By Jim Gomez
MARAWI, Philippines (UPDATE 1 10:49 a.m.) — Inside this lakeside city dotted with hundreds of mosques, a powerful militant designated by the Islamic State group as its leader in the Philippines has managed to unify a disparate group of gunmen under a single command.
Over the past week, his fighters have shown their muscle, withstanding a sustained assault by the Philippine military and increasing fears that the Islamic State group's violent ideology is gaining a foothold in this country's restive southern islands, where a Muslim separatist rebellion has raged for decades.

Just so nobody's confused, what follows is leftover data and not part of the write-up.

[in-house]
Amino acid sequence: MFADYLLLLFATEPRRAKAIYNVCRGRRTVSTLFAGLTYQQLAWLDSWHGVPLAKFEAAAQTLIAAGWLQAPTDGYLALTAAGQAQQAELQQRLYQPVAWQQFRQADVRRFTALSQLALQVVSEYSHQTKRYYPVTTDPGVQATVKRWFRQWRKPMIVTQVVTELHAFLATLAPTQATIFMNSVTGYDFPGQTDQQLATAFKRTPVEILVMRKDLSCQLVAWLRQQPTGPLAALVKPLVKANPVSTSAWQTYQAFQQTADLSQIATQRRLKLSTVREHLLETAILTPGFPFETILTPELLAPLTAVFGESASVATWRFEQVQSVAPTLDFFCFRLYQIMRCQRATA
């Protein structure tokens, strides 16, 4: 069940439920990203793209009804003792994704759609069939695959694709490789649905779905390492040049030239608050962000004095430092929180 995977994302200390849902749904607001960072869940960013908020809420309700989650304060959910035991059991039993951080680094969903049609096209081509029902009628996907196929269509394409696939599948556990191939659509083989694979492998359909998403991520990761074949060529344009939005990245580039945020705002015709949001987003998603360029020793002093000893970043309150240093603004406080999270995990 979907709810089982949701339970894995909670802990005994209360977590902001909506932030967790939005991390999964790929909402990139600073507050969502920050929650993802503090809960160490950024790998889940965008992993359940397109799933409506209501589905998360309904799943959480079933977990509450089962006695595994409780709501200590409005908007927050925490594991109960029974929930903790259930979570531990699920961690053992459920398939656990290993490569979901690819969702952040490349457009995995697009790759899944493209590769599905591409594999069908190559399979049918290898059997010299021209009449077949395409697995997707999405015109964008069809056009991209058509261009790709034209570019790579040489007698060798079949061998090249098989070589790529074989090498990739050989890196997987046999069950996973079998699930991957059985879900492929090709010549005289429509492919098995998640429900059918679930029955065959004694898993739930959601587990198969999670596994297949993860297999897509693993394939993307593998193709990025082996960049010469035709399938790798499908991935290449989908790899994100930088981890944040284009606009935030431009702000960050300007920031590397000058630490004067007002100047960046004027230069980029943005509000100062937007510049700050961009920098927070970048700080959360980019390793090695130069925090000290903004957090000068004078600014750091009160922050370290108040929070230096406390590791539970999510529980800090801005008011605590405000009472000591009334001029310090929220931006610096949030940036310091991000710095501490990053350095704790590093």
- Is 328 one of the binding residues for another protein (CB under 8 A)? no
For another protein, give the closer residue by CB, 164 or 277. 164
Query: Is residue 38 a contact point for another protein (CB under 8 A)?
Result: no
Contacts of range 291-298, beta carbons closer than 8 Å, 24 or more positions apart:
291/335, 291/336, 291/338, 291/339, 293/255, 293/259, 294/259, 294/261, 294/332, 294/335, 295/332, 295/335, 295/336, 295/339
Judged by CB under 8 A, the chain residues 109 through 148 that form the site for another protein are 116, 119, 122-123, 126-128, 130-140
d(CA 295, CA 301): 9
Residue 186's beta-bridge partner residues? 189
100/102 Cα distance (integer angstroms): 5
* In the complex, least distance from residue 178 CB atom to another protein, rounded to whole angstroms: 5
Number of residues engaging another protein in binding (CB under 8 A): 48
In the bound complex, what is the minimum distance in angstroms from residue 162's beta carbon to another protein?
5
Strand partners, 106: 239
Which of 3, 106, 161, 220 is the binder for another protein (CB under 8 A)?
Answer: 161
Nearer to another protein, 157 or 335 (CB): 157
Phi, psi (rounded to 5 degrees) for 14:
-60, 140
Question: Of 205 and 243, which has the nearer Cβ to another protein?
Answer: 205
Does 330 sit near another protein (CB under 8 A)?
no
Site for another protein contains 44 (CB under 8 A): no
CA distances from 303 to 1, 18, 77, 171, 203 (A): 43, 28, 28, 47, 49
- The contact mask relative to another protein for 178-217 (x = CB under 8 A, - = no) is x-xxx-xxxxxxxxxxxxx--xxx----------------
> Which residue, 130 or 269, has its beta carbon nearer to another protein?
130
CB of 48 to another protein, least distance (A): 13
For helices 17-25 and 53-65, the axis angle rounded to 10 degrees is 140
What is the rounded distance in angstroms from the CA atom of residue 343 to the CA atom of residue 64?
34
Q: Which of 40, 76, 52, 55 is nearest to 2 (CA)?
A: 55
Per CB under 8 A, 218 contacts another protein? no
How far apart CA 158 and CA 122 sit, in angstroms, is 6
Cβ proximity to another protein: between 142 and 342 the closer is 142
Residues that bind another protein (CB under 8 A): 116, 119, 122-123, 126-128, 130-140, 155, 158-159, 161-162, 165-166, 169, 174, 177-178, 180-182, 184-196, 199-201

The Army insists the drawn-out fight is not a true sign of the militants' strength, and that the military has held back to spare civilians' lives.
"They are weak," Gen. Eduardo Año, the military chief of staff, said of the gunmen, speaking at a hospital where injured soldiers were being treated. "It's just a matter of time for us to clear them from all their hiding places."
As of Tuesday morning, he said the military working house-by-house had cleared 70 percent of the city and the remaining militants were isolated.
Still, the fighters have turned out to be remarkably well-armed and resilient.
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